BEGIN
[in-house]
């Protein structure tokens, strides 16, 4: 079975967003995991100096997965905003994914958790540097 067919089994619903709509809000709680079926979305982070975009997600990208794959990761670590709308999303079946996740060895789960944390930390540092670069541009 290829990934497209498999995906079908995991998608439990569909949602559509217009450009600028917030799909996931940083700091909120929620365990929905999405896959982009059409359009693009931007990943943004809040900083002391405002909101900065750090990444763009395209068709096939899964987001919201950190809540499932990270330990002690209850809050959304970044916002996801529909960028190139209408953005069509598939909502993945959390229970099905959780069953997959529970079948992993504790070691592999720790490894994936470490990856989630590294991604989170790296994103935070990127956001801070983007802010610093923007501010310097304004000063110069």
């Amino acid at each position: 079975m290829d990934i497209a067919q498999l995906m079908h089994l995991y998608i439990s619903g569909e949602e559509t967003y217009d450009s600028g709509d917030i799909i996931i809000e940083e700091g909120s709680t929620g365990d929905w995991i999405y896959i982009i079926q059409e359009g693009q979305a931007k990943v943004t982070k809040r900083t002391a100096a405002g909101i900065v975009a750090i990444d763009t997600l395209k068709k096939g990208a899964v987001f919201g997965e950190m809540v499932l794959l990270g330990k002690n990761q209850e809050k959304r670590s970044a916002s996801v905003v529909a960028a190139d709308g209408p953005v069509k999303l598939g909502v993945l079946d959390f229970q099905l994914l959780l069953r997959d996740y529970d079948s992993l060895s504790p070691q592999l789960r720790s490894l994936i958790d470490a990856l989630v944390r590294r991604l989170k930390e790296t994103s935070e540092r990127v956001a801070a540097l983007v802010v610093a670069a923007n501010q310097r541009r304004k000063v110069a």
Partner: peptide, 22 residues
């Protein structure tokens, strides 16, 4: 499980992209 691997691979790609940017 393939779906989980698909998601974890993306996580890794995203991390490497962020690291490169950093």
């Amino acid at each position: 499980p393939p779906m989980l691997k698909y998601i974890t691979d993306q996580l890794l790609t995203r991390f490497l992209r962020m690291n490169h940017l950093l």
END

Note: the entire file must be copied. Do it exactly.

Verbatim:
[in-house]
């Protein structure tokens, strides 16, 4: 079975967003995991100096997965905003994914958790540097 067919089994619903709509809000709680079926979305982070975009997600990208794959990761670590709308999303079946996740060895789960944390930390540092670069541009 290829990934497209498999995906079908995991998608439990569909949602559509217009450009600028917030799909996931940083700091909120929620365990929905999405896959982009059409359009693009931007990943943004809040900083002391405002909101900065750090990444763009395209068709096939899964987001919201950190809540499932990270330990002690209850809050959304970044916002996801529909960028190139209408953005069509598939909502993945959390229970099905959780069953997959529970079948992993504790070691592999720790490894994936470490990856989630590294991604989170790296994103935070990127956001801070983007802010610093923007501010310097304004000063110069």
């Amino acid at each position: 079975m290829d990934i497209a067919q498999l995906m079908h089994l995991y998608i439990s619903g569909e949602e559509t967003y217009d450009s600028g709509d917030i799909i996931i809000e940083e700091g909120s709680t929620g365990d929905w995991i999405y896959i982009i079926q059409e359009g693009q979305a931007k990943v943004t982070k809040r900083t002391a100096a405002g909101i900065v975009a750090i990444d763009t997600l395209k068709k096939g990208a899964v987001f919201g997965e950190m809540v499932l794959l990270g330990k002690n990761q209850e809050k959304r670590s970044a916002s996801v905003v529909a960028a190139d709308g209408p953005v069509k999303l598939g909502v993945l079946d959390f229970q099905l994914l959780l069953r997959d996740y529970d079948s992993l060895s504790p070691q592999l789960r720790s490894l994936i958790d470490a990856l989630v944390r590294r991604l989170k930390e790296t994103s935070e540092r990127v956001a801070a540097l983007v802010v610093a670069a923007n501010q310097r541009r304004k000063v110069a």
Partner: peptide, 22 residues
């Protein structure tokens, strides 16, 4: 499980992209 691997691979790609940017 393939779906989980698909998601974890993306996580890794995203991390490497962020690291490169950093």
């Amino acid at each position: 499980p393939p779906m989980l691997k698909y998601i974890t691979d993306q996580l890794l790609t995203r991390f490497l992209r962020m690291n490169h940017l950093l």